Are You Cleaning Your Outdoor Furniture the Right Way?

Different types of materials require different cleaning techniques. Find out which method is best.
Cleaning Patio Furniture

Cleaning Patio Furniture

Photo by: iStock

iStock

Regular cleaning is important to keep outdoor furniture looking good, but it’s never more necessary than after a long, messy winter. Harsh weather can leave patio or lawn furniture looking dingy, tired and less than inviting. These tips for cleaning outdoor furniture of all types are helpful for keeping that deck furniture looking good all year long. But you'll find these suggestions especially handy when it’s time to spruce up those outdoor living spaces as warm weather finally returns and the backyard beckons for lounging, grilling or entertaining alfresco.

Getting Started

Dust, leaves and other loose debris are likely to gather on any furniture that has been left uncovered during extended periods without use. Start your cleanup by using a brush or dry cloth to wipe away any loose materials. Wood, metal, plastic or fabric may be sprayed down using a garden hose with a spray attachment to dislodge lingering surface debris.

Plastic

Plastic and resin furniture is inexpensive and comes in a wide variety of styles, making it the most popular choice for deck and lawn furniture. It also happens to be the easiest to maintain. Skip the abrasives (which can scuff the surface) and simply spray with an all-purpose cleaner and wipe down with a sponge or damp cloth to keep plastic furniture looking good.

Metal

Wrought iron and stainless steel are popular choices for outdoor furniture for their durability and ease of maintenance. In most cases, metal patio furniture will easily return to “like new” condition by using a sponge or brush to clean surfaces with a quarter cup of mild dish soap added to a gallon of warm water.

The greatest enemy of metal furniture is rust. Although metal patio furniture is often painted or coated with a rust-resistant finish, these will wear away over time. If rust is detected, use steel wool to remove oxidation and consider re-painting the furniture to prevent future problems.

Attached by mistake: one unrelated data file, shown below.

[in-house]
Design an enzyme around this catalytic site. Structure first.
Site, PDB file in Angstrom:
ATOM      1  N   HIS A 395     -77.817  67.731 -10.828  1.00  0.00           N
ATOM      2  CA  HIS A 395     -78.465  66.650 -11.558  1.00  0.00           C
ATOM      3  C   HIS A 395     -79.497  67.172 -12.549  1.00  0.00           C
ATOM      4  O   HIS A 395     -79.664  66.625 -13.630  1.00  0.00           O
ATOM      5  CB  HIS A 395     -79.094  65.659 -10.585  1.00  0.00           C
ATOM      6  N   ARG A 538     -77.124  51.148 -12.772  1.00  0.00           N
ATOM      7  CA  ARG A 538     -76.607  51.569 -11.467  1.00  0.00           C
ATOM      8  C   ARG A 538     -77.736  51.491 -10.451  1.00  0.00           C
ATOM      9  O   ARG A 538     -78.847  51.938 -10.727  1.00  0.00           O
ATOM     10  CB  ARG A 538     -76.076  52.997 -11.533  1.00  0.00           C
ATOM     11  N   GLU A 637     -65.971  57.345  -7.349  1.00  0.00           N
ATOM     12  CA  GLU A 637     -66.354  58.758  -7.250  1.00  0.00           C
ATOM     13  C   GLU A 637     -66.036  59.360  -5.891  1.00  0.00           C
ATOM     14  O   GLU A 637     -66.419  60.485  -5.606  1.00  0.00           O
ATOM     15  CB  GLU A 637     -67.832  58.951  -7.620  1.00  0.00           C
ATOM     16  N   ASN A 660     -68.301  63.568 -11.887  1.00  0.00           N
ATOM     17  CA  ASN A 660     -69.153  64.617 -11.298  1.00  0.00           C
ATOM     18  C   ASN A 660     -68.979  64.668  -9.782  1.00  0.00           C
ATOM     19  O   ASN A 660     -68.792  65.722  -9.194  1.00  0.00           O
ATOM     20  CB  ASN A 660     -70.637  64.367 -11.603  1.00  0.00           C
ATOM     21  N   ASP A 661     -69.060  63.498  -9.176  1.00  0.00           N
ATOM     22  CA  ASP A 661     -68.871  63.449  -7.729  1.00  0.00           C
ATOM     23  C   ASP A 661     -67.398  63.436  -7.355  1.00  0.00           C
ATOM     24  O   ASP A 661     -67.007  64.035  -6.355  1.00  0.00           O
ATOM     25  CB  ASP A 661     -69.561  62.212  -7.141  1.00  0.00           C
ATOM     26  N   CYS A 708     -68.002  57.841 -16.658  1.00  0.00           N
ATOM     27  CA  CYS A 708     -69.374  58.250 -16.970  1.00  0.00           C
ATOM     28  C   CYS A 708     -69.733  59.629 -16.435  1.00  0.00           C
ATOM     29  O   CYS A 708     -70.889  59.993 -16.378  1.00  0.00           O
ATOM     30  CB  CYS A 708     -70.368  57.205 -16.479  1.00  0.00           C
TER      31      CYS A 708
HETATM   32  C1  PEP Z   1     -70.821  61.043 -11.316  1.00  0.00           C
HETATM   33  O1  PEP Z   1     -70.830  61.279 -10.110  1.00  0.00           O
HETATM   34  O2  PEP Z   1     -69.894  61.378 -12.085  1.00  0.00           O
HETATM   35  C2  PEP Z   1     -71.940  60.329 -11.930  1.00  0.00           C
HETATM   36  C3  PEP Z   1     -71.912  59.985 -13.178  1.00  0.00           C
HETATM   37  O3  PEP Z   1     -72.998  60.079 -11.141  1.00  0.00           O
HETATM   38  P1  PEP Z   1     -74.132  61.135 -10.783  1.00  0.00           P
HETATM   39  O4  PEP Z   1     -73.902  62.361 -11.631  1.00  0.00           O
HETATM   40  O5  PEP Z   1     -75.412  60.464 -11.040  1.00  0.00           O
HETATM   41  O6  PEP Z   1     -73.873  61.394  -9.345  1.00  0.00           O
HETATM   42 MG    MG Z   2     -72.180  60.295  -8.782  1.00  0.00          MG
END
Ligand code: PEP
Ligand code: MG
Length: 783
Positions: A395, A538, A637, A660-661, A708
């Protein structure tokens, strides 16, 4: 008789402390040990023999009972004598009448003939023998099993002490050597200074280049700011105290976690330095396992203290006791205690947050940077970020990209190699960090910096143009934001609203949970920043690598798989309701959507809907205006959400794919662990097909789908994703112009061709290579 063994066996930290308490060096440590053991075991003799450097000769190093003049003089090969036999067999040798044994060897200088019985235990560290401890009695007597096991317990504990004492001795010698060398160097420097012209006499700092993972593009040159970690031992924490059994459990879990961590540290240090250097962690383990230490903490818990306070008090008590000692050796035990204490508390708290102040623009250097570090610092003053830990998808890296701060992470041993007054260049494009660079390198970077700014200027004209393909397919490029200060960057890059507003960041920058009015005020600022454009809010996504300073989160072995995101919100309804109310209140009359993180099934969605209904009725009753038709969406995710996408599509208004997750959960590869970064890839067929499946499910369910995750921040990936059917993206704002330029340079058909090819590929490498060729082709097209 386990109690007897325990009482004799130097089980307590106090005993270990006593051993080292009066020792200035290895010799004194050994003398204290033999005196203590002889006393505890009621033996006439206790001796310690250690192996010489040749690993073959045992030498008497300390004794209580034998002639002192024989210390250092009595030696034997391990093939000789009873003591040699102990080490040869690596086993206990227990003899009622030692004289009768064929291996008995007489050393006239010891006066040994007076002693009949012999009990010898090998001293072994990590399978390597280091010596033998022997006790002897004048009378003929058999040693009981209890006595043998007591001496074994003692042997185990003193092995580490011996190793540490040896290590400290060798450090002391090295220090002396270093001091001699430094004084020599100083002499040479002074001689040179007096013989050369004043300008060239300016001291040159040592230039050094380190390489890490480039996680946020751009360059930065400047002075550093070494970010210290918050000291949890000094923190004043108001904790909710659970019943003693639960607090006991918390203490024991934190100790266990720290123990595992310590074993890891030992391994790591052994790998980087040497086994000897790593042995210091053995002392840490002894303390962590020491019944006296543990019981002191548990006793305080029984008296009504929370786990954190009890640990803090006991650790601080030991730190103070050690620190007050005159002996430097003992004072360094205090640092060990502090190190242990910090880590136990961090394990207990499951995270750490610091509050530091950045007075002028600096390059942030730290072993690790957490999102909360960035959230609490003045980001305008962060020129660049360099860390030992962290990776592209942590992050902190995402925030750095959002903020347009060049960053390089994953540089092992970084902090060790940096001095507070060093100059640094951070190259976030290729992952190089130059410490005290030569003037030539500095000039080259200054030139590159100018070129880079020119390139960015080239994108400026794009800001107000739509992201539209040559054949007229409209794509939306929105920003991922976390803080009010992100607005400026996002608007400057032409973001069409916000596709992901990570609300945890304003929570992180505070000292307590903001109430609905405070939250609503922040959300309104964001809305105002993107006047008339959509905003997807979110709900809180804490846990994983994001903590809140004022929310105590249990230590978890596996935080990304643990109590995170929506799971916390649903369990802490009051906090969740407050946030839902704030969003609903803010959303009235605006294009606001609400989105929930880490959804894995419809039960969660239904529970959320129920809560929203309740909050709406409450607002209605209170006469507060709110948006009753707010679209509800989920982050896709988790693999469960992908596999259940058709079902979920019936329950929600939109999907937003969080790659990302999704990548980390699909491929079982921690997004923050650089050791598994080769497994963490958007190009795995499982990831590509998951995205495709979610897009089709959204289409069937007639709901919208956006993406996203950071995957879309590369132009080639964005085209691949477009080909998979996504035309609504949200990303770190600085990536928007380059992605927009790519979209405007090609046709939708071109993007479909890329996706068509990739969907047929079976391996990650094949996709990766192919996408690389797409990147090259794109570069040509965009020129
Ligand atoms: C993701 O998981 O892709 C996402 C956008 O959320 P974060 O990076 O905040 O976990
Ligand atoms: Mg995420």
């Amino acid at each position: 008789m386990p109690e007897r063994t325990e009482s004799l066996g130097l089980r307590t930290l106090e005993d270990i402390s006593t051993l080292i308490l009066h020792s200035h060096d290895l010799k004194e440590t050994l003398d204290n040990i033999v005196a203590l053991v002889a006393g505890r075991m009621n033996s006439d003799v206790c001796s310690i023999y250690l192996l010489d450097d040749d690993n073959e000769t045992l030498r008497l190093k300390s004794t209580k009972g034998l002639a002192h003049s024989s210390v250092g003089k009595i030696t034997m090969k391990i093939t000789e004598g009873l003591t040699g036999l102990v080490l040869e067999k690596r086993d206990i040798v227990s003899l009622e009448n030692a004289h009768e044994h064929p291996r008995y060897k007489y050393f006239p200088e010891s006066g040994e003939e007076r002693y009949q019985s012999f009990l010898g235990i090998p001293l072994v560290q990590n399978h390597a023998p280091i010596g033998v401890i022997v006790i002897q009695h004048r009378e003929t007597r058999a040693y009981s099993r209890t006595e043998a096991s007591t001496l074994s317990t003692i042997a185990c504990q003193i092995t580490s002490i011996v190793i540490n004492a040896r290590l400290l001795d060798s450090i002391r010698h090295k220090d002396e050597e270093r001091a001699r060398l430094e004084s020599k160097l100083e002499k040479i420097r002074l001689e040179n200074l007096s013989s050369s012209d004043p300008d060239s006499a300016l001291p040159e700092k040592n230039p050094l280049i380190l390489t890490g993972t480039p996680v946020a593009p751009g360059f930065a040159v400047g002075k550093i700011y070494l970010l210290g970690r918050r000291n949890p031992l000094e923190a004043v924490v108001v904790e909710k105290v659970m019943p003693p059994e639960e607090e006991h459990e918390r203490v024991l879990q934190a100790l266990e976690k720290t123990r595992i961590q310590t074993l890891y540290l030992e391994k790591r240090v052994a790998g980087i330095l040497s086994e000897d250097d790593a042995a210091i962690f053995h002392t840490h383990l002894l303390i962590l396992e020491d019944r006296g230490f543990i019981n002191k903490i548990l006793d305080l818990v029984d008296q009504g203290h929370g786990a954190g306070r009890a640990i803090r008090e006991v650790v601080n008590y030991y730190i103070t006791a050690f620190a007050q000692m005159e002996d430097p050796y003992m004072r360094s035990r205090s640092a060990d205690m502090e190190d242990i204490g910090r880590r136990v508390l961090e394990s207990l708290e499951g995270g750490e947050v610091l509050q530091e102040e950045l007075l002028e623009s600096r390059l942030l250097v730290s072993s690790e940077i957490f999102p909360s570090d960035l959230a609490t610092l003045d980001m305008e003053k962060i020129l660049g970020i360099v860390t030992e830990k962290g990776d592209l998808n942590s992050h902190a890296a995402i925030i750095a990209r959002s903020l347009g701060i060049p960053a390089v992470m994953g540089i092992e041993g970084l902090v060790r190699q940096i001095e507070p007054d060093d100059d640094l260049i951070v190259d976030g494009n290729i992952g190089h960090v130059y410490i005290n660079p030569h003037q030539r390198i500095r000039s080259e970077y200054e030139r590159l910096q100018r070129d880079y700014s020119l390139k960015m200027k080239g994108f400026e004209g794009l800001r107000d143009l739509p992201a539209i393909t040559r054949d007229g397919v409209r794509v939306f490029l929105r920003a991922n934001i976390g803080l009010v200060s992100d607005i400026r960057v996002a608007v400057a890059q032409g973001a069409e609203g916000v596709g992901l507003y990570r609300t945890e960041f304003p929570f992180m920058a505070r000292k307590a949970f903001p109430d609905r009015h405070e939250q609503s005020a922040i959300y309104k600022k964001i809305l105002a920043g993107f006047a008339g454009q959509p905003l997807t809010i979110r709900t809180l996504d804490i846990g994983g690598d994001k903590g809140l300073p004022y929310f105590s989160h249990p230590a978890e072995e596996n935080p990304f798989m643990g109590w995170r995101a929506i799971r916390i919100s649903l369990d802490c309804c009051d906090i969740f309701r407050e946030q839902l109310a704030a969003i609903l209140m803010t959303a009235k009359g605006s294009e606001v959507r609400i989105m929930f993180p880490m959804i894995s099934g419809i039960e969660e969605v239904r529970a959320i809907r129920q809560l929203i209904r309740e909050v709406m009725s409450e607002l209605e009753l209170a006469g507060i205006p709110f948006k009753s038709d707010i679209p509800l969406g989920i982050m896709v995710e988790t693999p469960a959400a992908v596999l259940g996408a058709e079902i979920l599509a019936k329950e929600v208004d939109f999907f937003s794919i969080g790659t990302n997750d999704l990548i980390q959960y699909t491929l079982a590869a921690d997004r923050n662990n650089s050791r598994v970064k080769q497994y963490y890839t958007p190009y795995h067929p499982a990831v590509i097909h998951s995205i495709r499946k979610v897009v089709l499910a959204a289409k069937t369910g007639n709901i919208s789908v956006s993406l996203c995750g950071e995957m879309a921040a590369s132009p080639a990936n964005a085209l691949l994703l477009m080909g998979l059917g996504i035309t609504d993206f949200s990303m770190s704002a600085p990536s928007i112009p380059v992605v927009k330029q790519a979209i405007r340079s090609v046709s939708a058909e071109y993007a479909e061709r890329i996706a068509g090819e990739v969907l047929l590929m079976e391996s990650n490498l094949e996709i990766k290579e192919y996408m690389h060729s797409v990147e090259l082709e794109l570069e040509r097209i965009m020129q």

Wicker, Teak and Other Wood

Using a power washer may be tempting, but is likely to scar or otherwise damage soft wood and is strongly discouraged. Instead, use a mild oil soap or soapy water and a soft brush or sponge to remove any grit or grime. Wicker may require a toothbrush to get into the weave and can be time-consuming. To ease this chore, clean regularly to reduce build-up.

Hard woods like teak and ipe will clean up nicely when you use a weak solution of laundry detergent or one of the many commercial products available specifically for the job. Work in small sections and dry thoroughly when finished. Resist the urge to use teak oil on your hardwood furniture, which can encourage mildew.

Fabric

Hammocks, seat covers and stretched fabric look great, but get dirty quickly. Because they are manufactured from a variety of materials, both natural and synthetic, the safest method for cleaning is to use a solution of dish soap and warm water. Whenever possible, consult manufacturer's instructions for recommended cleaning methods. In some cases, fabric may be removed and washed in a washing machine set to gentle. Air-dry to avoid damage from a hot dryer. Once clean, consider applying a water-repellant fabric protector to minimize future staining.   

Dealing With Mold

Rain and humidity often leave outdoor furniture damp and prone to the development of mold and mildew on its surfaces. To deal with mold, make sure the furniture is dry and scrub with a brush to remove surface mold and spray with a hose to rinse. Once dry-scrubbed, full-strength white vinegar and a hard brush will remove stubborn mildew. Diluted bleach is also effective in removing mold from hard surfaces, but may discolor some materials and isn’t always the best choice. When in doubt, err on the side of caution.

When Cleaning Isn’t Enough

After extended use, patio furniture may develop stains that are impervious to cleaning. If the cleaning methods outlined here aren’t effective, it may require far more drastic measures. Hard wood furniture like teak can be surface-sanded to restore its luster, but for other wood or metal furniture, it may be time to strip or sand to reveal the bare surface before painting or staining to revitalize old furniture. Restoring plastic furniture can be more challenging. Although some will accept a coat of paint rated for plastic surfaces, the results may be short-lived. 

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